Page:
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US Immigration

Posted 1/28/2009

Options for Dependents of Non-Immigrant Workers

It is not uncommon for non-immigrant workers to bring their spouses and dependent children with them to the U.S. In typical households, children usually continue to stay with their parents even after reaching the age of 21.

Normally, the spouse and unmarried minor children (under 21 years of age) of the principal non-immigrant worker may apply for accompanying visas as derivative beneficiaries.

For example, qualified family members of H-1 temporary workers can apply for H-4 visas; dependents of intra-company transferees under L-1 can apply for L-2; dependents of those in O-1 category as persons of extraordinary ability can apply under O-3; those of R-1 religious workers can apply for R-2 visas; J-1 exchange visitors may bring in their spouses and minor children as J-2, among others.
For these categories, each family member must meet the visa eligibility requirement including proof that there are sufficient funds for his/her support during his/her stay in the U.S. The authorized stay in the U.S. of a derivative beneficiary is usually co-terminus with the principal applicant, meaning that he/she will depart the U.S. when the principal applicant’s authorized stay in the U.S. ends. Normally, the dependents are not allowed to work while in the derivative status. They can only work if they apply for and are found eligible for their own work visas.

What happens if children of non-immigrant workers reach 21 years of age and would like to remain in the U.S. to study or work? There are several options available for them.
Full-time students may change status to an F-1 classification once they gain admission to an accredited educational institution authorized to issue an I-20 form to certify eligibility for academic study in the U.S.

Upon certification of the designated school official, F-1 students may be authorized to work part-time for 20 hours per week while school is in session or full-time during school breaks. They can also apply for work under curricular practical training or optional practical training if they meet the requirements to qualify under these programs.

Those who intend to pursue vocational studies instead of full-time academic and language courses may apply for M-1 visas.

For those who decide to study college in their home countries but spend vacation time in the U.S. with their families, aside from the B-2 visitors’ visa, they can also apply under the J Summer Work and Travel program as a viable option to be able to travel and work in the U.S. during summer breaks. This program is available for bonafide post-secondary students enrolled in a full-time course of study at participating accredited educational institutions or sponsor organizations which are pre-approved for exchange visitor programs to issue the DS-2019 or IAP 66 eligibility forms. A list of these sponsors can be seen on the U.S. Department of State website.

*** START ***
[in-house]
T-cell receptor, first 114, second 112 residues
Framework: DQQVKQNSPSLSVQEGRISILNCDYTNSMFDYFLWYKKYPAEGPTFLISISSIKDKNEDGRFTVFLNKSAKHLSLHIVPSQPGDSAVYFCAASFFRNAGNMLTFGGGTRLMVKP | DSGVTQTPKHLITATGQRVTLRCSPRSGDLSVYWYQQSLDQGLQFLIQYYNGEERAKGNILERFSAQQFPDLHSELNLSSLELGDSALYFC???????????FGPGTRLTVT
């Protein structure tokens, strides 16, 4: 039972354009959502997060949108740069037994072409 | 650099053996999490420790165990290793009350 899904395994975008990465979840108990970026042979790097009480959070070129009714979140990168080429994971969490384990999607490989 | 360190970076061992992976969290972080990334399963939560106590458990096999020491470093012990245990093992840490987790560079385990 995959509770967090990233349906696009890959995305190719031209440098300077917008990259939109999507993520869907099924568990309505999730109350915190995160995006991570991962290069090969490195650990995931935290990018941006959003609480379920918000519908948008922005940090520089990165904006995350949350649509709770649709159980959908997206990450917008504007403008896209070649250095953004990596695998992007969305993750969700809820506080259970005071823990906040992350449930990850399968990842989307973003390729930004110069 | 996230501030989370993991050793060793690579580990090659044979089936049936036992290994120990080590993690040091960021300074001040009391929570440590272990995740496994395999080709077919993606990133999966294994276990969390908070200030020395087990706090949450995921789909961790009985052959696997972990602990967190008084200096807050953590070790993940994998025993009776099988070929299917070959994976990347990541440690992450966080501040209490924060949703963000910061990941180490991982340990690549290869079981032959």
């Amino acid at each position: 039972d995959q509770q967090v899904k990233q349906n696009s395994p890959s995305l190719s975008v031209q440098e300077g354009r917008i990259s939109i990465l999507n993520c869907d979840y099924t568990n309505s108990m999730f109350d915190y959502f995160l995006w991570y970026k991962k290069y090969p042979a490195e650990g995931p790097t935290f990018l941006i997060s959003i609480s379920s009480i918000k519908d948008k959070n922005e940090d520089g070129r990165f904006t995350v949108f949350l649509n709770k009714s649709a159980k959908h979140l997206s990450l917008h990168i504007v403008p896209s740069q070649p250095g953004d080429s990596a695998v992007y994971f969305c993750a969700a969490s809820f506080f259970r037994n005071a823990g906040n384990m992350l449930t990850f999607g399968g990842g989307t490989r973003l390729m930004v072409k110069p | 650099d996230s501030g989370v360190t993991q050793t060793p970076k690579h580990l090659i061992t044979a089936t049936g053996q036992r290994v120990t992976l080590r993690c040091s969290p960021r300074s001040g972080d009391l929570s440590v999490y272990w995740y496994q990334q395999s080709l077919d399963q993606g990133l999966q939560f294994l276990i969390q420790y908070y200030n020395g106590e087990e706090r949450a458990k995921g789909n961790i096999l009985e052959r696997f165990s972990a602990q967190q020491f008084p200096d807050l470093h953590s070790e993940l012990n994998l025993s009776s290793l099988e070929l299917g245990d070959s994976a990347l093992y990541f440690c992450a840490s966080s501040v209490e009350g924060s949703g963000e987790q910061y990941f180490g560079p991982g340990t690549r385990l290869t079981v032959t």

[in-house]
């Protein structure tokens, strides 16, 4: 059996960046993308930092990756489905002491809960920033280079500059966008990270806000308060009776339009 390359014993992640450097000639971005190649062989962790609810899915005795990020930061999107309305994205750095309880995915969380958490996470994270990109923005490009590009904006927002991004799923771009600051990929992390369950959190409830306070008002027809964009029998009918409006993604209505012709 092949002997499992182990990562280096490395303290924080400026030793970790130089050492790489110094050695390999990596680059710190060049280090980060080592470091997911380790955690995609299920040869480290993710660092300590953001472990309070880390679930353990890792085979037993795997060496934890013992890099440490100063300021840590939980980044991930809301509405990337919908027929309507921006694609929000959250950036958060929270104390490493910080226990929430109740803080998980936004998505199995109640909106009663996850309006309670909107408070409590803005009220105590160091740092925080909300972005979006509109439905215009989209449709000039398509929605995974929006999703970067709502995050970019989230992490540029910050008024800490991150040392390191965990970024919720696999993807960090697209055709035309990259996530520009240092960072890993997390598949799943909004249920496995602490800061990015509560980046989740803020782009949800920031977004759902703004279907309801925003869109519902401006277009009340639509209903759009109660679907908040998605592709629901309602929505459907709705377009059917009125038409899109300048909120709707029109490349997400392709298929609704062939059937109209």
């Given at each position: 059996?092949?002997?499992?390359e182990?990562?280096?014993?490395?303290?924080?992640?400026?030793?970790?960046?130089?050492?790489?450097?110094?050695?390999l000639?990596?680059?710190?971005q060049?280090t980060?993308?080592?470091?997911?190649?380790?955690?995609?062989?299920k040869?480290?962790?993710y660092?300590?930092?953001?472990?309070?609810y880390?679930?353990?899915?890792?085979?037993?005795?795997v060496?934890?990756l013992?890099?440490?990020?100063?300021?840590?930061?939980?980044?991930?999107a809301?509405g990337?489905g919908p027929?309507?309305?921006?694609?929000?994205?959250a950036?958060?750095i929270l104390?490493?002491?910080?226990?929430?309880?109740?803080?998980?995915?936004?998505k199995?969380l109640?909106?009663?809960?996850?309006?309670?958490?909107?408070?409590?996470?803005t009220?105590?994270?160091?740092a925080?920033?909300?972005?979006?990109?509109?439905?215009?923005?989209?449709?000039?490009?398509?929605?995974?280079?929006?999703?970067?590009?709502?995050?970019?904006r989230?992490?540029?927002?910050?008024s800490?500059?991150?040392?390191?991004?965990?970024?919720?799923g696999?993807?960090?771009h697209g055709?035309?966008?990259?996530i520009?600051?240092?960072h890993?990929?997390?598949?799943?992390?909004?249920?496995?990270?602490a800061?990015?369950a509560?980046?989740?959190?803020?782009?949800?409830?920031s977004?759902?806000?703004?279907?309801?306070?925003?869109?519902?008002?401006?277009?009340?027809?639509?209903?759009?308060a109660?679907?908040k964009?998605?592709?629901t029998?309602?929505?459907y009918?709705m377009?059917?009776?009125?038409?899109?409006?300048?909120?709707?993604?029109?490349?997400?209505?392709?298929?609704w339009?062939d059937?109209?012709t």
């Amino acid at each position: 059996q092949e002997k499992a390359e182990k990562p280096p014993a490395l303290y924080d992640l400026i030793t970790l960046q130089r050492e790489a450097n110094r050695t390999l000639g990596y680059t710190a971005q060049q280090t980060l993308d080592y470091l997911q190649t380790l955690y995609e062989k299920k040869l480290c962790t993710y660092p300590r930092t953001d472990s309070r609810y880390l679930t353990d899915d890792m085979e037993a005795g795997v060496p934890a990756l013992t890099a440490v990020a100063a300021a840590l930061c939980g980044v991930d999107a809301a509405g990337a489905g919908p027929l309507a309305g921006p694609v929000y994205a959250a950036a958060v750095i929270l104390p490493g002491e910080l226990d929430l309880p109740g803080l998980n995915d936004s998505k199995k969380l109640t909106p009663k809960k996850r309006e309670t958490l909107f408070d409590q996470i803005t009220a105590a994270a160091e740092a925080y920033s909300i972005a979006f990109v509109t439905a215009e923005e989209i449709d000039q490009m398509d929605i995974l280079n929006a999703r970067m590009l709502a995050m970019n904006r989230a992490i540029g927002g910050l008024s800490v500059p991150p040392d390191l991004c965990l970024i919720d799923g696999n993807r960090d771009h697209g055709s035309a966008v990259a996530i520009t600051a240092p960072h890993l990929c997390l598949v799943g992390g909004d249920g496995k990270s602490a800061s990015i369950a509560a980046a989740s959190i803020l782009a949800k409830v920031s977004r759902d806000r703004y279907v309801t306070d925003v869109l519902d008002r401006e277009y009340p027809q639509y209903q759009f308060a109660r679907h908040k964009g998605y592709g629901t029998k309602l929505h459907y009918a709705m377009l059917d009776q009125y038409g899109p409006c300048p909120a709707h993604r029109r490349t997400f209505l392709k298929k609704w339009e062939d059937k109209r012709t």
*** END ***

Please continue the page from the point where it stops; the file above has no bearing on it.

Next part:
It is important to look into and consider these options for children of foreign nationals temporarily assigned and working in the U.S. in order to keep family unity intact and also to prevent the disruption of normal family life and values once the child attains majority age and is no longer qualified for derivative visa status but would still want to remain in the U.S. with his/her family to study and/or work.

has been practicing law for over 30 years and is included in the Marquis Who’s Who in American Law. A former law editor and professor, he is also the author of a book on immigrant experiences. He has spoken in international and national conventions and has been interviewed on radio and television, including the ABC Nightly News. He has participated in meetings with White House staff and the Immigration Commissioner to discuss immigration reforms. For his community service and advocacy, he has received numerous awards in the U.S. and abroad. For more information, you may log on to his website at or call (212) 695-5281
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